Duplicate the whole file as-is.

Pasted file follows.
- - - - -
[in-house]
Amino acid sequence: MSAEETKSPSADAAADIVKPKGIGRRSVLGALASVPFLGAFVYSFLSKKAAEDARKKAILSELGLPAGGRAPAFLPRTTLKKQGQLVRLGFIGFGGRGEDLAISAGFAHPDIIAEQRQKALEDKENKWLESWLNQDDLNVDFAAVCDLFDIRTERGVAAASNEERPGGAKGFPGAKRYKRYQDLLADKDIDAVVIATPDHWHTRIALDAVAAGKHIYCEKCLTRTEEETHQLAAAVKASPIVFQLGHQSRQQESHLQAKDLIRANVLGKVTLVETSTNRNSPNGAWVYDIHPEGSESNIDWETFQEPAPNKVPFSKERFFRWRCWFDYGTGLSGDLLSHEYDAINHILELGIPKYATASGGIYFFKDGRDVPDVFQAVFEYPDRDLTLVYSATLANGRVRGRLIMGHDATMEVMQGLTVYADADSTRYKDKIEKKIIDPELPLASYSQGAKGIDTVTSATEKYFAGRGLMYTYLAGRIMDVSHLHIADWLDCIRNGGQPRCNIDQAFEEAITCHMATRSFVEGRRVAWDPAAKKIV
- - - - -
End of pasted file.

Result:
[in-house]
Amino acid sequence: MSAEETKSPSADAAADIVKPKGIGRRSVLGALASVPFLGAFVYSFLSKKAAEDARKKAILSELGLPAGGRAPAFLPRTTLKKQGQLVRLGFIGFGGRGEDLAISAGFAHPDIIAEQRQKALEDKENKWLESWLNQDDLNVDFAAVCDLFDIRTERGVAAASNEERPGGAKGFPGAKRYKRYQDLLADKDIDAVVIATPDHWHTRIALDAVAAGKHIYCEKCLTRTEEETHQLAAAVKASPIVFQLGHQSRQQESHLQAKDLIRANVLGKVTLVETSTNRNSPNGAWVYDIHPEGSESNIDWETFQEPAPNKVPFSKERFFRWRCWFDYGTGLSGDLLSHEYDAINHILELGIPKYATASGGIYFFKDGRDVPDVFQAVFEYPDRDLTLVYSATLANGRVRGRLIMGHDATMEVMQGLTVYADADSTRYKDKIEKKIIDPELPLASYSQGAKGIDTVTSATEKYFAGRGLMYTYLAGRIMDVSHLHIADWLDCIRNGGQPRCNIDQAFEEAITCHMATRSFVEGRRVAWDPAAKKIV